Adrian Ismay bomb accused worked with prison officer on St John's Ambulance duties, court hears
Adrian Ismay and Christopher Robinson 'had good working relationship'
A man accused of a fatal bomb attack on a prison officer in Belfast worked with the victim at a first aid charity, the High Court heard today.
Christopher Robinson, 45, knew Adrian Ismay through their shared voluntary duties on St John's Ambulance emergency units, a judge was told
Details of their association emerged as Robinson was granted bail on a charge of murdering the 52-year-old warder in March.
Mr Ismay suffered serious leg injuries when a booby-trap device exploded under a van he was driving in east Belfast.
He had been recovering, but died after being returned to hospital 11 days later.
Dissident republican group the New IRA has claimed responsibility for the attack.
Robinson, of Aspen Park in the Dunmurry area of the city, is also charged with possessing explosives with intent to endanger life.
Prosecutors claim he is linked to the bombing by CCTV footage of a car believed to have been used to plant the device at the victim's Hillsborough Drive home early on March 4.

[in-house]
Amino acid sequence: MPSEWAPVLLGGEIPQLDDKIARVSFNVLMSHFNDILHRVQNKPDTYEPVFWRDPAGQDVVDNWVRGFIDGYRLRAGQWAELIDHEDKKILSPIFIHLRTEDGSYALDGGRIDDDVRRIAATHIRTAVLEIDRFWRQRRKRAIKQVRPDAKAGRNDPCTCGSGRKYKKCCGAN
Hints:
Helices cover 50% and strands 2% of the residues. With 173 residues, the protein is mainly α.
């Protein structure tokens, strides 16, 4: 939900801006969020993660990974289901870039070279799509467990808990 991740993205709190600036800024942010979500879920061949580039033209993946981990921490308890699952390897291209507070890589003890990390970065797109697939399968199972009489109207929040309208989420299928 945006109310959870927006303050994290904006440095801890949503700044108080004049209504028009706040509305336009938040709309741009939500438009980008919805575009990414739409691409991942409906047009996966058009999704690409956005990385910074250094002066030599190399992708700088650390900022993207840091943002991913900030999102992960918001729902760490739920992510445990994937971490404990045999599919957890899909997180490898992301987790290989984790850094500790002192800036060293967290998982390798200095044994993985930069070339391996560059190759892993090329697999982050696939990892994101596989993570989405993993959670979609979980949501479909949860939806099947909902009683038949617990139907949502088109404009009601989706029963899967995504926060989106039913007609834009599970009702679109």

It was claimed that Robinson borrowed and then drove the Citroen vehicle to the scene.
A Crown lawyer said forensic examination of the car confirmed traces of RDX, an identifier in high explosive material, on its rear floor and seats.
Cell-site analysis of alleged phone calls between Robinson and the vehicle's owner also features in the case.
The prosecution barrister said: "During the course of interviews the applicant accepted he knew the deceased, the two of them had worked on voluntary emergency transport units with the St John's Ambulance team.
"He said they had a good working relationship with one another."
Opposing bail, he argued there is a risk of further bomb attacks against prison officers, members of the PSNI and "anyone seen as a target for dissident republican activity".
Mr Justice Colton also heard attempts could be made to interfere with a civilian witness.
But defence counsel Sean Devine contended that Robinson only faces a weak, circumstantial case.
"This is a case in which the deceased died tragically 11 days after the event... he was released home and died of a blood clot," the barrister said.
"There's going to be all sort of complications about causation."
Mr Devine also stressed his client will be so closely monitored that there is no chance of involvement with organisations relying on "clandestine behaviour and secrecy".
He revealed that the accused, formerly a social worker, had been training to become a paramedic.
Acknowledging the "natural revulsion" at the allegations, the judge added: "I note the applicant in this case knew the victim and claims he got on quite well with him which, if if he is in fact guilty of the offence, makes it all the more heinous."
But granting bail, Mr Justice Colton held that Robinson was now well-known to the authorities, diminishing the risk of any re-offending.
He ordered the accused to abide by a curfew, electronic monitoring and report to police every day.
Robinson is also banned from contacting a witness in the case, entering part of east Belfast or travelling in a private car.